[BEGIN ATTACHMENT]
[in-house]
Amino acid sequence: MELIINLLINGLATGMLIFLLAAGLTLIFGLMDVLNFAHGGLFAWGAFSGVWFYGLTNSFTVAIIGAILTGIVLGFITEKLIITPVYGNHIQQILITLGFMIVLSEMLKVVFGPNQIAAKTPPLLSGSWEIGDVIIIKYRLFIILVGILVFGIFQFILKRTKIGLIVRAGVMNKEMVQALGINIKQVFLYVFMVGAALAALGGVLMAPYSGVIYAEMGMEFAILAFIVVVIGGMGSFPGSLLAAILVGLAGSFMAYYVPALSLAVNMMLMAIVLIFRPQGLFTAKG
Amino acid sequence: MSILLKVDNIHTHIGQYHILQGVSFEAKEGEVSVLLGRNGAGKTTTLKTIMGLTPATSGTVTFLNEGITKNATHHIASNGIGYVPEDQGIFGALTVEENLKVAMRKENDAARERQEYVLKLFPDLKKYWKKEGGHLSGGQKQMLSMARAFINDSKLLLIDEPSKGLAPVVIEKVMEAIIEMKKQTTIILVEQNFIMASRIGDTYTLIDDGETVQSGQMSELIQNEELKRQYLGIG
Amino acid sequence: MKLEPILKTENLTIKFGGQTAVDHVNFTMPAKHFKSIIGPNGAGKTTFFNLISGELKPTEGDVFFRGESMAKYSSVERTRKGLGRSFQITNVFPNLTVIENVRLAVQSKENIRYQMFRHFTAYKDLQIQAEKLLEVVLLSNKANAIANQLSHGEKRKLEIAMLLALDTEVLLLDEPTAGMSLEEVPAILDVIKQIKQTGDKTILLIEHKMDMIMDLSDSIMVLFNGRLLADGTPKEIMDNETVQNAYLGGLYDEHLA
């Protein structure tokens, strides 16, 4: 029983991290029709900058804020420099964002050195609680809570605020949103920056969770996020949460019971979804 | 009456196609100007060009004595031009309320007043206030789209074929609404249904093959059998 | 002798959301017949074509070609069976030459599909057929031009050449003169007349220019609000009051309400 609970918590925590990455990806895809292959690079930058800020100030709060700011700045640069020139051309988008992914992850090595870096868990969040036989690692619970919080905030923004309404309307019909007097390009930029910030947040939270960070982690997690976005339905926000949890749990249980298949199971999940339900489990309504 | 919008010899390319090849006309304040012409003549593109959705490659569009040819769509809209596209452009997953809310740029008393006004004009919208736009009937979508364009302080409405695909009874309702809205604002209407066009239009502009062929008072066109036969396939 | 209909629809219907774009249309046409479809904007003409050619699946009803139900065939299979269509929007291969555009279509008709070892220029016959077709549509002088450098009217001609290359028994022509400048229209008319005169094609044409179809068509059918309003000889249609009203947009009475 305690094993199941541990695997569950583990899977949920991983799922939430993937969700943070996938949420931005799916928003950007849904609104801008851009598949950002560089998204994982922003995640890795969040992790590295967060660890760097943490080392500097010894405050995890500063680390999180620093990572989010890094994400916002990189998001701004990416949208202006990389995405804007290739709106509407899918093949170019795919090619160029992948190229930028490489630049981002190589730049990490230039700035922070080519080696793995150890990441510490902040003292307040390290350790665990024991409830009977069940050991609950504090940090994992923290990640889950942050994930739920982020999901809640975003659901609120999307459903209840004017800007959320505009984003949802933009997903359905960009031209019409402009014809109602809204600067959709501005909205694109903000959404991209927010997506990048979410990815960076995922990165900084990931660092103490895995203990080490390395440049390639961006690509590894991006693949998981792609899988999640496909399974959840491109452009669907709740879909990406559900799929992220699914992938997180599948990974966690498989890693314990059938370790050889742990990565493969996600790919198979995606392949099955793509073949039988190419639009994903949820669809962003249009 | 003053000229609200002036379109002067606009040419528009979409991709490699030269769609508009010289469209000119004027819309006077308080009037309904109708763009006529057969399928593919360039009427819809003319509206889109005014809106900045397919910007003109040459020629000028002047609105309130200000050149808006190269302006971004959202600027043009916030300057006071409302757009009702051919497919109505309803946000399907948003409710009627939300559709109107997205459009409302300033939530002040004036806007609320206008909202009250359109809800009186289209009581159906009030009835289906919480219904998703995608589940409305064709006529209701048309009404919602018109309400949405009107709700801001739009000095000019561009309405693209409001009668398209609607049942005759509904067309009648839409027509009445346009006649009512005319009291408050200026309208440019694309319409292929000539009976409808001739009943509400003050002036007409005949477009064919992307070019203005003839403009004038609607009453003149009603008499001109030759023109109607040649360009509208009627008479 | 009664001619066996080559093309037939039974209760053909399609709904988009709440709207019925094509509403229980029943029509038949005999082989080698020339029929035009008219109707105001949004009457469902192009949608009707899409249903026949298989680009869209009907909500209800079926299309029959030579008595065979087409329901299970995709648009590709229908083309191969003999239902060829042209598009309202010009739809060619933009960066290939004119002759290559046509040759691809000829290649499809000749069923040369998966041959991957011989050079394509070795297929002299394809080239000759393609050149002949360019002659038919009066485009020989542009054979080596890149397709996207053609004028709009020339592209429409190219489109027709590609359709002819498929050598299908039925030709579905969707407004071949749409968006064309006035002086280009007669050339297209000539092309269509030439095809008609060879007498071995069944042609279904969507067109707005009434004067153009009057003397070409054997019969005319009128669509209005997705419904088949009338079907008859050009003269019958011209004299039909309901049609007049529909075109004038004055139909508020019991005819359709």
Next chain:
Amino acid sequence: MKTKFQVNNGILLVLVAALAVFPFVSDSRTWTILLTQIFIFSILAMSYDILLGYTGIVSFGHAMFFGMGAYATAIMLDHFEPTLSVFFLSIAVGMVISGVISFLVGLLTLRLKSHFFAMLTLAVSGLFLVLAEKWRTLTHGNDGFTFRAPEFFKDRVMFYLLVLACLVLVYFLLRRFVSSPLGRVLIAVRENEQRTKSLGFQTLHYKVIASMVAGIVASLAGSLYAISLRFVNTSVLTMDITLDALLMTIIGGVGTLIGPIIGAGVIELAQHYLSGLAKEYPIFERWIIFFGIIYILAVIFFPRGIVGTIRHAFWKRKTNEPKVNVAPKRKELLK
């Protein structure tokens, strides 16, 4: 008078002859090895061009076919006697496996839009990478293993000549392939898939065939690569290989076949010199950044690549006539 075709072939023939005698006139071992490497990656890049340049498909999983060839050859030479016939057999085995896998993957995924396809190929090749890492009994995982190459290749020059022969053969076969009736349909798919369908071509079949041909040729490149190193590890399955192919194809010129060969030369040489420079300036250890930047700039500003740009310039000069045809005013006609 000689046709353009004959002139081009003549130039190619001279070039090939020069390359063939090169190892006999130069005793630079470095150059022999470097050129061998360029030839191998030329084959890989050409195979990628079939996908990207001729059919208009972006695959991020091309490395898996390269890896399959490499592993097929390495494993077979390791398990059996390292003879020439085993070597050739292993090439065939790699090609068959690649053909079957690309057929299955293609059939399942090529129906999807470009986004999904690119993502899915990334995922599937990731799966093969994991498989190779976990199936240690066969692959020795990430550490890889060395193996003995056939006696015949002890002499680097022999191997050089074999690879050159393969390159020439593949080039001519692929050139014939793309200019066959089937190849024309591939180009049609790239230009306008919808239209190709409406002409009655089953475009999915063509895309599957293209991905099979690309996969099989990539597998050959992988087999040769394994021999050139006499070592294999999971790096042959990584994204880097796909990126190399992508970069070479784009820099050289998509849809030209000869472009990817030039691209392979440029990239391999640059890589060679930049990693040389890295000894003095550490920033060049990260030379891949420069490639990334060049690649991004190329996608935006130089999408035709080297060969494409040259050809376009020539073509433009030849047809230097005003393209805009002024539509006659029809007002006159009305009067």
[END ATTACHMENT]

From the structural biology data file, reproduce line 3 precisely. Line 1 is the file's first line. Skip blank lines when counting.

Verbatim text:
Amino acid sequence: MSILLKVDNIHTHIGQYHILQGVSFEAKEGEVSVLLGRNGAGKTTTLKTIMGLTPATSGTVTFLNEGITKNATHHIASNGIGYVPEDQGIFGALTVEENLKVAMRKENDAARERQEYVLKLFPDLKKYWKKEGGHLSGGQKQMLSMARAFINDSKLLLIDEPSKGLAPVVIEKVMEAIIEMKKQTTIILVEQNFIMASRIGDTYTLIDDGETVQSGQMSELIQNEELKRQYLGIG